CEO Spotlight: From Hospitals to Hotels – How Pinnacle Hotels CEO Dr Barry Lall Went From Doctor to Hotelier
Upon first glance, it may seem that there is little overlap between the work of a doctor and a hotelier. One must attend medical school, while the other would be better served in business school. One deals with patients, the other guests. Some would argue that a doctor experiences a more rewarding career, but for Pinnacle Hotels CEO Dr. Barry Lall this couldn’t be further from the truth. In moving from hospitals to hotels, Lall was able to continue taking care of human beings while also enabling himself to pursue his lifelong dream of entrepreneurship, and in many ways caring for a hotel is similar to caring for a human.
“I think whether they are patients or guests, I think they’re all the same,” said Lall. “And generally, guests just want to be well taken care off and not to be treated as just a routine mechanical process.”
Born in the British colony of Nyasaland in southeastern Africa, Lall grew up in a small village that lacked the modern-day necessities such as electricity and running water. During his younger years his father worked as an elementary school teacher, but when Lall was a teenager his father moved the family to Zambia where he opened a clothing store. There, his father would sometimes have Barry provide assistance as a salesman and occasionally even leave him in charge of running the storefront. Rather than feeling burdened by this, Dr. Lall said that it was during this time that he first felt a spark of interest in the freedom and excitement that accompanies entrepreneurship. However, the instability his family felt growing up led Lall to believe that the best careers were the ones that were in high demand and could provide job security such as that of a lawyer, engineer or physician. Lall felt a desire to take care of human beings and so he decided to pursue a career in medicine, earning his pre-med degree in England before attending medical school in Scotland and moving to the United States for his medical internship.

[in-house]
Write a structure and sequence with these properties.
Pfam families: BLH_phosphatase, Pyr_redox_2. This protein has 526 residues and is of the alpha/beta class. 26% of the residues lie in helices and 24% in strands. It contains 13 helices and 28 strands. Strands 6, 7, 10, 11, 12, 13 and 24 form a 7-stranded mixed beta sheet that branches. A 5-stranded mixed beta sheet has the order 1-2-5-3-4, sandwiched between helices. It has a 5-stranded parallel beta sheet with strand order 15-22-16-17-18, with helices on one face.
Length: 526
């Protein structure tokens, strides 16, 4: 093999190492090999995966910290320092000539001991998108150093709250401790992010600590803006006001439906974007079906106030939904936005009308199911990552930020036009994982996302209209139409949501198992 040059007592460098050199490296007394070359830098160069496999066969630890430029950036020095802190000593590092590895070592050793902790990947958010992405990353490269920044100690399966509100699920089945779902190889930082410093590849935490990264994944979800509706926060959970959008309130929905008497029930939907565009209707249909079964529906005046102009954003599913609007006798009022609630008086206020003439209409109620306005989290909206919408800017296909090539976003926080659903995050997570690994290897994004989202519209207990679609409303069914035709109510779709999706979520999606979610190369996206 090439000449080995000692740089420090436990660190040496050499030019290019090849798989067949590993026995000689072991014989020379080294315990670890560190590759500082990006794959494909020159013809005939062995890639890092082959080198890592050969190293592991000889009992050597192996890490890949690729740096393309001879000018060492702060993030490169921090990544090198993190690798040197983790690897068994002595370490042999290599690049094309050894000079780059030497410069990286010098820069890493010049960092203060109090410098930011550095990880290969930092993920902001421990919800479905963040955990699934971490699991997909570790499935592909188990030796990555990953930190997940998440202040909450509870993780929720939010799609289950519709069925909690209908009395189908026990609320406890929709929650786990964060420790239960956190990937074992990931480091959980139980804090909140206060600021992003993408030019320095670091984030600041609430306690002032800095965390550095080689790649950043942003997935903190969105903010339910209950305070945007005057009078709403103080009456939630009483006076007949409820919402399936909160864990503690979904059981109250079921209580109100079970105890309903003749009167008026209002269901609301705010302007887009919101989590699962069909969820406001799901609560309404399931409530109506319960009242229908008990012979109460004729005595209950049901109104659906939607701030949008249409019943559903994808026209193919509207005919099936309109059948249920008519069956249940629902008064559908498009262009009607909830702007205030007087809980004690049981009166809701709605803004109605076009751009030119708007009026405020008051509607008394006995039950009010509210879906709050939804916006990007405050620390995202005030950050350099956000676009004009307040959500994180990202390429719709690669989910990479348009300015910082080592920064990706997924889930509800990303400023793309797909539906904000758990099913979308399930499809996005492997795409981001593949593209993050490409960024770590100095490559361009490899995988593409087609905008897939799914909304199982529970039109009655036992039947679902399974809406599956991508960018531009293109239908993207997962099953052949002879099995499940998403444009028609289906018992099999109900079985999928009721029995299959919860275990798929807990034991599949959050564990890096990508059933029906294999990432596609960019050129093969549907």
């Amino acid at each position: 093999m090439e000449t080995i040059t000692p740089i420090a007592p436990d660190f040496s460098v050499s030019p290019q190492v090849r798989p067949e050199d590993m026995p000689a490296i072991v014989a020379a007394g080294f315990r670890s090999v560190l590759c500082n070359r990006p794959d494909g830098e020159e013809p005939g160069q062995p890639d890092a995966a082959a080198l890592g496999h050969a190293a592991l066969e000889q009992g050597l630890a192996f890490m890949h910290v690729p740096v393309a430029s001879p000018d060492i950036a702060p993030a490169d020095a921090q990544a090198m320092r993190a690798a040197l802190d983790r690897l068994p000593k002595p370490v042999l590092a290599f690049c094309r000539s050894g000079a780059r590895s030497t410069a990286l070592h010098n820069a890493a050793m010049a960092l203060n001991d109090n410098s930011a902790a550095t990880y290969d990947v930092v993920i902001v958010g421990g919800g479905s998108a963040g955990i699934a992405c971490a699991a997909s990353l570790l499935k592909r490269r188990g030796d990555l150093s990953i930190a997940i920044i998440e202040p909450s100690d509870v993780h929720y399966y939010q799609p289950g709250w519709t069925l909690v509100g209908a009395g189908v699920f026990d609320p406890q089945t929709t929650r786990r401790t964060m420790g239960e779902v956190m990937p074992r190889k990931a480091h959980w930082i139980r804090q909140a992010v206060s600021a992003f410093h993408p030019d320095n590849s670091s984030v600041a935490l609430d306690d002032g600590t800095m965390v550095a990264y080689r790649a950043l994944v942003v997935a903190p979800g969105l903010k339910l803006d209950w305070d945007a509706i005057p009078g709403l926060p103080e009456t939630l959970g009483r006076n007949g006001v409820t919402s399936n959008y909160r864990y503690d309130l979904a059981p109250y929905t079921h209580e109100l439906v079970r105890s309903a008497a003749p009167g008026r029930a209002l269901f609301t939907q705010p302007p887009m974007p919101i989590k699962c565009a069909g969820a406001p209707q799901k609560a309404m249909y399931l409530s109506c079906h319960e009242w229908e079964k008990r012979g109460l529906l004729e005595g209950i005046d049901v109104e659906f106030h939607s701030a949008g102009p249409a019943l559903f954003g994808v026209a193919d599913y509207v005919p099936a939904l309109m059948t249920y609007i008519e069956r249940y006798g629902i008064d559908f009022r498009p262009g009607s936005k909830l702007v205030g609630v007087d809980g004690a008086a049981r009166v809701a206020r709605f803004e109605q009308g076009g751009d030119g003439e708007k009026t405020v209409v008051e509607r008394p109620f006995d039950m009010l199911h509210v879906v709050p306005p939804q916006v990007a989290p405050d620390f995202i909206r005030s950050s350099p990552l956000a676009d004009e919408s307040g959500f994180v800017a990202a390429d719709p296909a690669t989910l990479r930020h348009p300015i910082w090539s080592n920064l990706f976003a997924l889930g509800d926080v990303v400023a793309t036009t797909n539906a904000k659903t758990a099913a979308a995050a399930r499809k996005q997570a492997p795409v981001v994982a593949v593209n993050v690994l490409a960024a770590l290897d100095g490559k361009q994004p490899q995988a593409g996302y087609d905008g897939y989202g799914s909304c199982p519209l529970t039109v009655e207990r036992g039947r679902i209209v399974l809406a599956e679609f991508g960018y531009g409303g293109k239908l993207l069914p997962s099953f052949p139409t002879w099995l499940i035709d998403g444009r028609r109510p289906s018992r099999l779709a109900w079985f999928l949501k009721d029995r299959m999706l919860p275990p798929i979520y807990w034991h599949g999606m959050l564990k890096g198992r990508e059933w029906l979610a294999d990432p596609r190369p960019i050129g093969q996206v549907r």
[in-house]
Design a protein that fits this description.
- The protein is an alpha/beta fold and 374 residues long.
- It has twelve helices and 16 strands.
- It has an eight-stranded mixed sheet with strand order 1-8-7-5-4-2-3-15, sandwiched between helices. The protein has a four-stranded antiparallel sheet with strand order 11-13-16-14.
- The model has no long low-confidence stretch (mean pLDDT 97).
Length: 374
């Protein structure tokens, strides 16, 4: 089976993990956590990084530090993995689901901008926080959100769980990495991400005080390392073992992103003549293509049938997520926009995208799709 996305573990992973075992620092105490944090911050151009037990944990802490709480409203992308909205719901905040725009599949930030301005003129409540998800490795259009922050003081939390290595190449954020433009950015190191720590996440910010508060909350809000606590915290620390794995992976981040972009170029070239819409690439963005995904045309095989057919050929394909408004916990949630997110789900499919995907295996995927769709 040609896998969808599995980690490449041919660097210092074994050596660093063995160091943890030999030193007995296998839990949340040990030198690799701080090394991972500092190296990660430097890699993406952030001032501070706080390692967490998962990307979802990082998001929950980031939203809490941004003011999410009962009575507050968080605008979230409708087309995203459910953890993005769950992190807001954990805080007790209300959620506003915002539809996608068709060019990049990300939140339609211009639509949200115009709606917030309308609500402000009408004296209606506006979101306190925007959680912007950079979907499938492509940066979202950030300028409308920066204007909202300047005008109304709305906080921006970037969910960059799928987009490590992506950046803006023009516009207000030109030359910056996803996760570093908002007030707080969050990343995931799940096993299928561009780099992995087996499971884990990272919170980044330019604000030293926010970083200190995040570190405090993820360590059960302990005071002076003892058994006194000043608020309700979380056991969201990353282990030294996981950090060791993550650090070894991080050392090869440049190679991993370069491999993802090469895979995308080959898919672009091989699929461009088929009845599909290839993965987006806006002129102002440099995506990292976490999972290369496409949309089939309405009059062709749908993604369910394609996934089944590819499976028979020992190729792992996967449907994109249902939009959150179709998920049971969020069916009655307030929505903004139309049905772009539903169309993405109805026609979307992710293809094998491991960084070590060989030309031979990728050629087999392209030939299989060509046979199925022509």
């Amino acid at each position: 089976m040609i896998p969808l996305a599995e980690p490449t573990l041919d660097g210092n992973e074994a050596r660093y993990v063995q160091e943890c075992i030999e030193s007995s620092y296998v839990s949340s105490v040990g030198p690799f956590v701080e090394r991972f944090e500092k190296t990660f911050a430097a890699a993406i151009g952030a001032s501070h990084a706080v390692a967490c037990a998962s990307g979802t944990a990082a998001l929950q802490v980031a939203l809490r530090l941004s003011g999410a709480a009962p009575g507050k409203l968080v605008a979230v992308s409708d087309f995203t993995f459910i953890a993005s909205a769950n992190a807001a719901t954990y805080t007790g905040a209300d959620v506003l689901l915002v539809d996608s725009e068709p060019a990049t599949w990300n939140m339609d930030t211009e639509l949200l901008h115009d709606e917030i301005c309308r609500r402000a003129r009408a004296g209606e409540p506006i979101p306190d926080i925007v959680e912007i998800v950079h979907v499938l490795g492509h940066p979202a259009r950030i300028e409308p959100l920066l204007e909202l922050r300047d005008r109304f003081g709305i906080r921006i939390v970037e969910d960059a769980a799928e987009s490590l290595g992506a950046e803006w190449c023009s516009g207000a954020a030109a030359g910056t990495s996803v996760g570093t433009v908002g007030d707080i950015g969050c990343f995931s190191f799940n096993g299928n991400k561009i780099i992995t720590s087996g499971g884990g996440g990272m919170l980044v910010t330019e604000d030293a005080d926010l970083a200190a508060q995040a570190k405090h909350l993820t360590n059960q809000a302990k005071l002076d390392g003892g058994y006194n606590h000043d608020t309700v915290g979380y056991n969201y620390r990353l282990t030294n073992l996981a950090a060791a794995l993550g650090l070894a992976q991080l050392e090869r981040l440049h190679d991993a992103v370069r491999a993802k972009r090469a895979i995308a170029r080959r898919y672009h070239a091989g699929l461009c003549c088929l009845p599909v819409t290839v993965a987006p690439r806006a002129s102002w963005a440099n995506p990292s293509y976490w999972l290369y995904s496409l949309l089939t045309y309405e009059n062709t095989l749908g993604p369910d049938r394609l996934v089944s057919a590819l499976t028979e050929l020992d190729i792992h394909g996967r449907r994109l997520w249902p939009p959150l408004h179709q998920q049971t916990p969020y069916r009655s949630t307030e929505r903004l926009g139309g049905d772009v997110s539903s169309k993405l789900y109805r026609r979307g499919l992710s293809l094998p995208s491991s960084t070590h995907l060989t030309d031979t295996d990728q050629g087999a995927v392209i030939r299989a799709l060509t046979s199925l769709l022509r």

Lall settled in the United States with his family and worked hard to provide for them a good life. Within his career he enjoyed the problem-solving nature of diagnosing and treating causes for a patient’s ailments, but found the overall environment did not bring any joy or satisfaction to his life.
“During my internship after graduating from medical school, there were many days when I shed tears from being mentally and physically exhausted about having the responsibility of taking care of human beings,” said Lall.